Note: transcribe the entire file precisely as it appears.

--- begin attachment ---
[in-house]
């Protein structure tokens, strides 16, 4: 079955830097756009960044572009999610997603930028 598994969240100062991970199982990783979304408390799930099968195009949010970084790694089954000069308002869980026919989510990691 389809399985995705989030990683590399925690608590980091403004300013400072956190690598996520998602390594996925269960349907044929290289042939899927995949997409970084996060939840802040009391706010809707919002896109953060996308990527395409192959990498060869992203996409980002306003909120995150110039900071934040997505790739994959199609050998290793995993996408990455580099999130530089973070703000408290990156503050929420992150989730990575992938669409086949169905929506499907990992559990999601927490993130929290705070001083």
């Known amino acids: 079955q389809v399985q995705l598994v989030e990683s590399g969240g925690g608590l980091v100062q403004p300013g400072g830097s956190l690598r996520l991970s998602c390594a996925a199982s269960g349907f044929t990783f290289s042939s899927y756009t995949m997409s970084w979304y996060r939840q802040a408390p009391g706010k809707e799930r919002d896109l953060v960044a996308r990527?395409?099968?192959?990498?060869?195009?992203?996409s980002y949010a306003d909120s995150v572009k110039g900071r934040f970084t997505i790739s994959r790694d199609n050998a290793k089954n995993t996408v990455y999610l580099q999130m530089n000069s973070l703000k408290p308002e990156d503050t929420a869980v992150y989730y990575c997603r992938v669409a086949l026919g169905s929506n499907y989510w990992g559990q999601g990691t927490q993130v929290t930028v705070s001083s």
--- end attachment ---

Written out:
[in-house]
């Protein structure tokens, strides 16, 4: 079955830097756009960044572009999610997603930028 598994969240100062991970199982990783979304408390799930099968195009949010970084790694089954000069308002869980026919989510990691 389809399985995705989030990683590399925690608590980091403004300013400072956190690598996520998602390594996925269960349907044929290289042939899927995949997409970084996060939840802040009391706010809707919002896109953060996308990527395409192959990498060869992203996409980002306003909120995150110039900071934040997505790739994959199609050998290793995993996408990455580099999130530089973070703000408290990156503050929420992150989730990575992938669409086949169905929506499907990992559990999601927490993130929290705070001083």
């Known amino acids: 079955q389809v399985q995705l598994v989030e990683s590399g969240g925690g608590l980091v100062q403004p300013g400072g830097s956190l690598r996520l991970s998602c390594a996925a199982s269960g349907f044929t990783f290289s042939s899927y756009t995949m997409s970084w979304y996060r939840q802040a408390p009391g706010k809707e799930r919002d896109l953060v960044a996308r990527?395409?099968?192959?990498?060869?195009?992203?996409s980002y949010a306003d909120s995150v572009k110039g900071r934040f970084t997505i790739s994959r790694d199609n050998a290793k089954n995993t996408v990455y999610l580099q999130m530089n000069s973070l703000k408290p308002e990156d503050t929420a869980v992150y989730y990575c997603r992938v669409a086949l026919g169905s929506n499907y989510w990992g559990q999601g990691t927490q993130v929290t930028v705070s001083s």